Finding solutions

Reducing emissions from deforestation and forest degradation (REDD) can be a deployable, cost-effective means to reduce greenhouse emissions. The additional benefits of the conservation, sustainable management of forests and enhancement of carbon stocks were also acknowledged (this is generally described as REDD+), as this can provide benefits to adaptation and livelihoods, as well as conserving biodiversity. The potential of both funds and markets should be harnessed to finance REDD+.

Ecosystems can help us adapt to the effects of climate change. Ecosystem-based adaptation examples include restoring mangrove forests and coral reefs to protect against storm surges, regenerating floodplains to deal with excess river flows and sustainable agriculture to maintain local food supplies. Such solutions are accessible, cost-effective. These are immediate solutions that can be deployed by local communities to increase their resilience in the face of climate change.

Political will is needed to promote investments in ecosystem based adaptation solutions. The conservation community must work with politicians, business leaders and the general public to increase understanding and awareness on the concept and its relevance to human livelihoods.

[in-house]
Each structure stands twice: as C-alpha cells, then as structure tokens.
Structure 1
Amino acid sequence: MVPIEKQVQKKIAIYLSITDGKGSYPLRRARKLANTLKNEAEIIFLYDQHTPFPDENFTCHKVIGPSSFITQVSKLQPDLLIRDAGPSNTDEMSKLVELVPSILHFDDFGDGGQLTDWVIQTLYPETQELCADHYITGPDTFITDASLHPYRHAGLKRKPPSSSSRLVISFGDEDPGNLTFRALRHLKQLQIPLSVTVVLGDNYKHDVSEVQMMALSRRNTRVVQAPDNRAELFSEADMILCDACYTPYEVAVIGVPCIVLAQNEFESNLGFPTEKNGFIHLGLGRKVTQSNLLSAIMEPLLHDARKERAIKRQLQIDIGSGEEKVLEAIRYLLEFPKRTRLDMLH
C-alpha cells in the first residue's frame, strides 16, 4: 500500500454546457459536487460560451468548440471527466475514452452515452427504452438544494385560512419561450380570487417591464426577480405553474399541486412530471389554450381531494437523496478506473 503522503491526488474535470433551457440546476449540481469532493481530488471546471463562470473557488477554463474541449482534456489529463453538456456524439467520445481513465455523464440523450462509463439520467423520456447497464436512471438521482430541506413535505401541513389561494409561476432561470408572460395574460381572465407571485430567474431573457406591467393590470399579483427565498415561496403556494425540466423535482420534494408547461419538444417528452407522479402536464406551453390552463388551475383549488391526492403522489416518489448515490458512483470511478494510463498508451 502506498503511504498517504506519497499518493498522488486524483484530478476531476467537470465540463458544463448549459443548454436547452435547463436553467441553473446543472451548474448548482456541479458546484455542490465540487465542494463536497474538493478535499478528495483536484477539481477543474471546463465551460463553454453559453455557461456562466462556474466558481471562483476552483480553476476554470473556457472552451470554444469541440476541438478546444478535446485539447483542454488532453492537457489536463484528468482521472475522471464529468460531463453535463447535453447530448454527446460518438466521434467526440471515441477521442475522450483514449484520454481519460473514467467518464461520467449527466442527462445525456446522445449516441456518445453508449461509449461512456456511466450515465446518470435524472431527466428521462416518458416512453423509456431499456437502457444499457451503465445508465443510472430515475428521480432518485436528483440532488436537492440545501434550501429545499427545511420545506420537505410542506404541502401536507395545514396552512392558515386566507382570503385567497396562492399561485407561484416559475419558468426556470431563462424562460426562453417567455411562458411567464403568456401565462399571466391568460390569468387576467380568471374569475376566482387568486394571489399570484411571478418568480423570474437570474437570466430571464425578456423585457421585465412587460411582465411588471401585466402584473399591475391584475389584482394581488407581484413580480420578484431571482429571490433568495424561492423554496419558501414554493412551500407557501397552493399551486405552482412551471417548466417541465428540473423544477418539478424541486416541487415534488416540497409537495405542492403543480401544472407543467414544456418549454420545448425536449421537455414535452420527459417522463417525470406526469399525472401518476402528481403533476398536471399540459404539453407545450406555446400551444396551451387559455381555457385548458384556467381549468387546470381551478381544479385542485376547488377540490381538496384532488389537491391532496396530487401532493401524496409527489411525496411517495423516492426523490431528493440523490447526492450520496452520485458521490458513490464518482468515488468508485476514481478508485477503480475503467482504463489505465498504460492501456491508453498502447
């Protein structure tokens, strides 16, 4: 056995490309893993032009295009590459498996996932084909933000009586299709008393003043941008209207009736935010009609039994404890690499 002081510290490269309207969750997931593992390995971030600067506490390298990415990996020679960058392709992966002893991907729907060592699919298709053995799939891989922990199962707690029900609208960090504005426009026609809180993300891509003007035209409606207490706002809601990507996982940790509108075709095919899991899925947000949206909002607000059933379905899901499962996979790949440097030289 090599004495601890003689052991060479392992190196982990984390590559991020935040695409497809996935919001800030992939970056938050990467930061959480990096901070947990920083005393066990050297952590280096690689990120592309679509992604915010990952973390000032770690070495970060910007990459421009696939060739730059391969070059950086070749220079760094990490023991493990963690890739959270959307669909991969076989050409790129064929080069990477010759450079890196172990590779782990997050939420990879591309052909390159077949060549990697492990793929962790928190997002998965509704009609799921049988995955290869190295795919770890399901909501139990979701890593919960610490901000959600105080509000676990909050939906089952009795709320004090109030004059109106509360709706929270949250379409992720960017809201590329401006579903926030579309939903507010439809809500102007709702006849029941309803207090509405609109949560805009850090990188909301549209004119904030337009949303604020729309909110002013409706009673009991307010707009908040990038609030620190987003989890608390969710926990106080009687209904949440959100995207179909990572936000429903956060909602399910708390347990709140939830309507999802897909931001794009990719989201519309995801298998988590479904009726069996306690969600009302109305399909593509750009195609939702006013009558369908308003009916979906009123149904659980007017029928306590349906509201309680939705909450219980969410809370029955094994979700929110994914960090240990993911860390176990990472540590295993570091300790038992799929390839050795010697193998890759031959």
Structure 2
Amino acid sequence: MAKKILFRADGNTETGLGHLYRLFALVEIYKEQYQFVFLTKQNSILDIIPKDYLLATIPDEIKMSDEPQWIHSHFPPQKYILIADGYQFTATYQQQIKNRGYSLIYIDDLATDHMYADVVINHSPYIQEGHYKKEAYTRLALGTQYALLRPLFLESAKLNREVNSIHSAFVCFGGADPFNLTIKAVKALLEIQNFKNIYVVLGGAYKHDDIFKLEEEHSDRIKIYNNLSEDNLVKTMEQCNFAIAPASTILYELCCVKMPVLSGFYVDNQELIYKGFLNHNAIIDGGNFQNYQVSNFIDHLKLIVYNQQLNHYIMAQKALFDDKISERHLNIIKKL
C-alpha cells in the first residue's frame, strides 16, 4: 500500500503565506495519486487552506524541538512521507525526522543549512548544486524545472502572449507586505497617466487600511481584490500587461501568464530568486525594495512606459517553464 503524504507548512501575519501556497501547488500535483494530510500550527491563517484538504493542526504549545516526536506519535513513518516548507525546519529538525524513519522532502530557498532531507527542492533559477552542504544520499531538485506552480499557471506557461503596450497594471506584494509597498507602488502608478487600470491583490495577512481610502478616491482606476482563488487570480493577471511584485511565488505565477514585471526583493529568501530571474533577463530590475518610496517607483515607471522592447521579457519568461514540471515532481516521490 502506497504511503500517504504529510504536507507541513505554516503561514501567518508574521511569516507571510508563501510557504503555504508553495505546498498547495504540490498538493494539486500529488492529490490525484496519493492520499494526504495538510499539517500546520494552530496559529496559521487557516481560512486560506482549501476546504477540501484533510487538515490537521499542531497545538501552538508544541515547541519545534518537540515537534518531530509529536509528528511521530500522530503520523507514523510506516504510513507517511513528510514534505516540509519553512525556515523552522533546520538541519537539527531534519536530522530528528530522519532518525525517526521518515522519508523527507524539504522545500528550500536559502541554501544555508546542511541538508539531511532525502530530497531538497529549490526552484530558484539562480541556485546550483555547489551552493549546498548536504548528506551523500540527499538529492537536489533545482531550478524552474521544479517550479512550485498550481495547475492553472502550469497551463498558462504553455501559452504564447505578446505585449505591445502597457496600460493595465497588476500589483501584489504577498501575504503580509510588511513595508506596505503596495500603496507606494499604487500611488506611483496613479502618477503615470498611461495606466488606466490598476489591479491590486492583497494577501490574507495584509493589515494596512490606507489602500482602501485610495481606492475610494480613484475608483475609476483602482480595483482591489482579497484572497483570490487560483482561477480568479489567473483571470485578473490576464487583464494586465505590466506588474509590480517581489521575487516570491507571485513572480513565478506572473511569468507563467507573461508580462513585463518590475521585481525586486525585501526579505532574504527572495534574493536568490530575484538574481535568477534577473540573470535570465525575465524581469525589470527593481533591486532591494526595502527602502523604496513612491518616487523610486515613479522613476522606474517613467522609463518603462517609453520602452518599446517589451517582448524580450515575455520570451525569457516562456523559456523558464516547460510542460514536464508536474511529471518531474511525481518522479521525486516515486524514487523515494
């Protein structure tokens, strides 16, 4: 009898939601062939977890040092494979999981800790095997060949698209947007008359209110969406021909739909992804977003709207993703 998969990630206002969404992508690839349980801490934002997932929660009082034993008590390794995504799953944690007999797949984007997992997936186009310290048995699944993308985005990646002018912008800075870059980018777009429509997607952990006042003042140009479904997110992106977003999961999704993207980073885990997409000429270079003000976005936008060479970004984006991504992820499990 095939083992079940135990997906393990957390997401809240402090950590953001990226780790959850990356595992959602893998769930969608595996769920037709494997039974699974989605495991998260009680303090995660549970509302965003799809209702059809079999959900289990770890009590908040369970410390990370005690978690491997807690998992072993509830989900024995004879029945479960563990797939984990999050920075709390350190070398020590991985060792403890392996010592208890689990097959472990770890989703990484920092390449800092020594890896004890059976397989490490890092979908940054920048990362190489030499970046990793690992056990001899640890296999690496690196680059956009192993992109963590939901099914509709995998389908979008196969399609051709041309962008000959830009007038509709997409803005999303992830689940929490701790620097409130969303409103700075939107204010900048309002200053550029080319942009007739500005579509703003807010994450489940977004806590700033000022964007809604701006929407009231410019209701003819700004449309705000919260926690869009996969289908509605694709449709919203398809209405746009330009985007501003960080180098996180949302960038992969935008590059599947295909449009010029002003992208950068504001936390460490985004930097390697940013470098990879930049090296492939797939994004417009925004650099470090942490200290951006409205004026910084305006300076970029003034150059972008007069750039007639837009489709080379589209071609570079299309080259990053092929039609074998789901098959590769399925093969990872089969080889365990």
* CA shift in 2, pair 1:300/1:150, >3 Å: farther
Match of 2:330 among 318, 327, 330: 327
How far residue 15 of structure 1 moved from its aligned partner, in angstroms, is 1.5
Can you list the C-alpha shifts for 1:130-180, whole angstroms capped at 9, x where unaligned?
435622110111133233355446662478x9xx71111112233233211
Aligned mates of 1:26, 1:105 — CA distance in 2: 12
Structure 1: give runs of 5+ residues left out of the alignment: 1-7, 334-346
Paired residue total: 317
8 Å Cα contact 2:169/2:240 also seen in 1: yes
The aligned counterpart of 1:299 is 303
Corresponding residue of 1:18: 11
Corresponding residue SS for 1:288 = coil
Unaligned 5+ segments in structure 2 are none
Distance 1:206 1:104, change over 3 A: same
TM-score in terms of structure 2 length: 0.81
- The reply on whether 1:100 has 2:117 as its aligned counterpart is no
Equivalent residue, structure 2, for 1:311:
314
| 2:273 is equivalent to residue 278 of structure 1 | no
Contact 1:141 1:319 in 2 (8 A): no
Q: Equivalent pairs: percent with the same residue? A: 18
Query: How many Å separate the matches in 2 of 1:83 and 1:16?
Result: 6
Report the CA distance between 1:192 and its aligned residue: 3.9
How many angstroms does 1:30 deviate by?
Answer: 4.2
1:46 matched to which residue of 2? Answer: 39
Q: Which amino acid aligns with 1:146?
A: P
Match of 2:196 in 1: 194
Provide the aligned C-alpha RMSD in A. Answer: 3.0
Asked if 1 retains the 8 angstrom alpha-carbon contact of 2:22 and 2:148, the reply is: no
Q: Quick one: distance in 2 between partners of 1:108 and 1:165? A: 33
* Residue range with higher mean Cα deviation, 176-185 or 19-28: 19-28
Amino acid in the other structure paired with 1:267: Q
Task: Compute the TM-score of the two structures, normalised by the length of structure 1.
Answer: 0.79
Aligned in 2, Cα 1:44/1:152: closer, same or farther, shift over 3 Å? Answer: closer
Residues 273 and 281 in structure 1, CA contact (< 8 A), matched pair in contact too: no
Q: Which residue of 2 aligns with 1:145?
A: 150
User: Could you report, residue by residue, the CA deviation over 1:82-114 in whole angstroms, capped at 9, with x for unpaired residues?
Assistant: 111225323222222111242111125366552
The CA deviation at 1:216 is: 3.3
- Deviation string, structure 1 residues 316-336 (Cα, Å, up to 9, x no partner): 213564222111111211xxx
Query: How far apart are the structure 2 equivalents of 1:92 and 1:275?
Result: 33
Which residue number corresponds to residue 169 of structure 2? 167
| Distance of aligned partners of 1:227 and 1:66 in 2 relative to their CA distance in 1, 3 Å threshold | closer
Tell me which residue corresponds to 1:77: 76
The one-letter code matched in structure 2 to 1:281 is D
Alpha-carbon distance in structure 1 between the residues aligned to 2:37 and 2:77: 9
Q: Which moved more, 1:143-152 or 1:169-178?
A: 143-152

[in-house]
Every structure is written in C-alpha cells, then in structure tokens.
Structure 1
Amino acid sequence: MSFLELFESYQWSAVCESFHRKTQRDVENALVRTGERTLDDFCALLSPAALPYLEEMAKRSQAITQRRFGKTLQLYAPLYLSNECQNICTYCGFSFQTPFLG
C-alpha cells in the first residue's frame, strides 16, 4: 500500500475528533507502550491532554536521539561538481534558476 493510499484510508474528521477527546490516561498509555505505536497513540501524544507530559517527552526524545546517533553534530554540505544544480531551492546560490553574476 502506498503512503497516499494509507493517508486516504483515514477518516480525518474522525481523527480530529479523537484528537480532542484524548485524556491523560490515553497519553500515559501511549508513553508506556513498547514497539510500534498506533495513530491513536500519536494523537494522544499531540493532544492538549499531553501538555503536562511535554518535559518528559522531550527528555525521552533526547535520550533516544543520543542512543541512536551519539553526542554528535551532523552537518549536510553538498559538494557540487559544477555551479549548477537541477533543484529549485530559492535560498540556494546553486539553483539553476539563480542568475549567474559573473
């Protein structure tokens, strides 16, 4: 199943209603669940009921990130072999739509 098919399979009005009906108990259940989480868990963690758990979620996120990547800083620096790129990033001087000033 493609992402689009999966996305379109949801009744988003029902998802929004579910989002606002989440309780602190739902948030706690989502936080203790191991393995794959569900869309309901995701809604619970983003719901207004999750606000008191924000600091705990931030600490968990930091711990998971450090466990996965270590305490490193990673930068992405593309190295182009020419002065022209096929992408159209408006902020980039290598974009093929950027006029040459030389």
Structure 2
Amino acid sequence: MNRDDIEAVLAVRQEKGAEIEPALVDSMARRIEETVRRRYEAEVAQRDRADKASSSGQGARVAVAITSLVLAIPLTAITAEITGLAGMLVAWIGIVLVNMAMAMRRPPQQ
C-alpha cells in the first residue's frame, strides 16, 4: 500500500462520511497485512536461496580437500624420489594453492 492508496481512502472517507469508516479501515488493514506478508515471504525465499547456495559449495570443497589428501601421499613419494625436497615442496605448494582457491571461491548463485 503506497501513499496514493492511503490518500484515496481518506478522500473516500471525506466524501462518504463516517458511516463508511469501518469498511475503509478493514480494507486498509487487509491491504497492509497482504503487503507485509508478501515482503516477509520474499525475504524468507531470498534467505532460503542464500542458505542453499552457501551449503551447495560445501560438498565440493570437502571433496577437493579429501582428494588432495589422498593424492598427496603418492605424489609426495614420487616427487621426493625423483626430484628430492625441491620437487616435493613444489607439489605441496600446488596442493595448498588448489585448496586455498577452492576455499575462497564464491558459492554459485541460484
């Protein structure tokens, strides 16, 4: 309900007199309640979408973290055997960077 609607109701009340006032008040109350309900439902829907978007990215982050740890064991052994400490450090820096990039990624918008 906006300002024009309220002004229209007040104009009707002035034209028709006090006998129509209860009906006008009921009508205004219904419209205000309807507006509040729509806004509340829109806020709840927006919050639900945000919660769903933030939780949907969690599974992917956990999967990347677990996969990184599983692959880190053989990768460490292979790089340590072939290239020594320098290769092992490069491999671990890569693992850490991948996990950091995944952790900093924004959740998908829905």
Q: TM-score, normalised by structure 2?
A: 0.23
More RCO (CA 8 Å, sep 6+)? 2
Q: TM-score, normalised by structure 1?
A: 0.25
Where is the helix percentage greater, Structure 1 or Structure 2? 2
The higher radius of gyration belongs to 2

Energy futures

Energy efficiency is the number one priority to rapidly reduce carbon emissions. A range of complementary drivers from regulation and financing and matching incentives to research and innovation in new materials are required.

Access to relevant and up-to-date information about all energy sources and alternative technologies is needed. Reliable renewable energy sources are now technically available. They are technically advanced and suited to broad commercial distribution. They should be made accessible and affordable to the public, accompanied by continuous investment in innovation for new energy technologies.

Political will is required to help push through necessary energy reforms and investments. This will be simplified by the creation of jobs through renewable technology.

Institutions and governance

New governance structures are needed, rejecting both ‘entitlement’ of funds and old-fashioned aid approaches. Partner countries should be in the driving seat, but certain mechanisms for mutual-accountability are required. Approaches could include the Compact Approach2 as proposed by the UK or delivering development assistance through budget support as adopted by many OECD countries.